Zadra Creative Blog

Trade Minds

It’s a mistake to surround yourself with people who are just like you.

Trade Minds

Creativity Tip Number 1: It’s a mistake to surround yourself with people who are just like you. Why? Because they’ll usually come up with ideas that are just like yours.

Creative people and companies make a concerted effort to look outside their normal circle of contact, so they can cross-pollinate their own ideas with insights and ideas from other people, departments, eras or industries.

Thousands of good ideas have been discovered simply because someone was curious enough to poke around in a seemingly unrelated industry or discipline. In his best-selling book, “A Whack on the Side of the Head,” Roger von Oech relates that legendary football coach Knute Rockne got the idea for his “four horseman” backfield while watching a burlesque chorus routine.

U.S. military designers borrowed from the cubist art of Pablo Picasso to create more effective camouflage patterns.

Dan Bricklin took the “spreadsheet” concept from accounting and turned it into VisiCalc, the program that launched the microcomputer software industry.

If you want to be more creative, jump out of your comfort zone every chance you get. Throw off that tired old blanket and replace it with a crazy quilt of interesting experiences, people from different educational backgrounds, departments, colors, and disciplines. If you’re in sales, take a designer to lunch; if you’re in accounting, take an artist to lunch. Trade minds; challenge each other’s assumptions; check each other for blind spots.

To stimulate your team or company, make it a policy to invite experts from other fields or disciplines to come in and talk to your colleagues and employees about solutions or shared problems. Arrange for your team to tour companies in other industries. Innovative companies such as Ben & Jerry’s, Zappos and Google open their doors for outsiders to take a peek at their renowned cultures of innovation. Some leadership teams have taken field trips to the battlefields of Gettysburg to help them gain a new perspective on what happens during crisis. The more divergent your sources and surroundings become, the more original your ideas will be.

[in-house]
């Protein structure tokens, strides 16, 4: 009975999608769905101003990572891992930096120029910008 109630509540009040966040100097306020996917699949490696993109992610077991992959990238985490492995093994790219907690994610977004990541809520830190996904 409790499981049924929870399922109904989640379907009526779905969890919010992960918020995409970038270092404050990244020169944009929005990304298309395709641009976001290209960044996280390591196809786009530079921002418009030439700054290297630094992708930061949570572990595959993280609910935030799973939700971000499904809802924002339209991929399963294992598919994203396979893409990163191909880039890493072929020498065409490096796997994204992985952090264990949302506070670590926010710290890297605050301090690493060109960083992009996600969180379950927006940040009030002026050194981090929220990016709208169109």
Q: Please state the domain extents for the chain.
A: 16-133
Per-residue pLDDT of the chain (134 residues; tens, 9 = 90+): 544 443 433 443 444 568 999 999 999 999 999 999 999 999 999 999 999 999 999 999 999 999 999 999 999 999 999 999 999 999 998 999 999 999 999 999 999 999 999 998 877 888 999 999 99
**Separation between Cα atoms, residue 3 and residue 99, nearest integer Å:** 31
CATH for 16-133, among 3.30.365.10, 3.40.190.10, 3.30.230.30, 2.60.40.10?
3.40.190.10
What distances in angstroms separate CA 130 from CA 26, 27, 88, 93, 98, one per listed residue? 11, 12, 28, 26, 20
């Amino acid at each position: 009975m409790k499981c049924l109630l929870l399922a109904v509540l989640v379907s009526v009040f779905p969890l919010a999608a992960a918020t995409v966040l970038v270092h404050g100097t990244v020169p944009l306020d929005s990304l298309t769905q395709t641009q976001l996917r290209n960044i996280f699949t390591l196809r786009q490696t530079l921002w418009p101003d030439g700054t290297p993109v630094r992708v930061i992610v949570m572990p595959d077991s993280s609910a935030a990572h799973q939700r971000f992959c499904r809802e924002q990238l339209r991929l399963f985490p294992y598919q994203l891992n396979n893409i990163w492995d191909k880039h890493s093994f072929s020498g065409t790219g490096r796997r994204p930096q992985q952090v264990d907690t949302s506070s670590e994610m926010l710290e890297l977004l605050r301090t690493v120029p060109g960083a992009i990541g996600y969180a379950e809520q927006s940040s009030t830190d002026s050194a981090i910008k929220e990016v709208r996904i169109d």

There is an old saying: “In a company where everyone thinks alike, no one thinks very much.” That’s why companies that celebrate and hire diversity are typically among the most innovative in their fields. When people of different backgrounds, colors, genders and perspectives, come to work together, there is friction, yes. But also, sparks, fire, light and—eventually—brilliance.


  1. Jump out of that comfort rut.
  2. Welcome and celebrate diversity.
  3. Seek harmony, but not uniformity.

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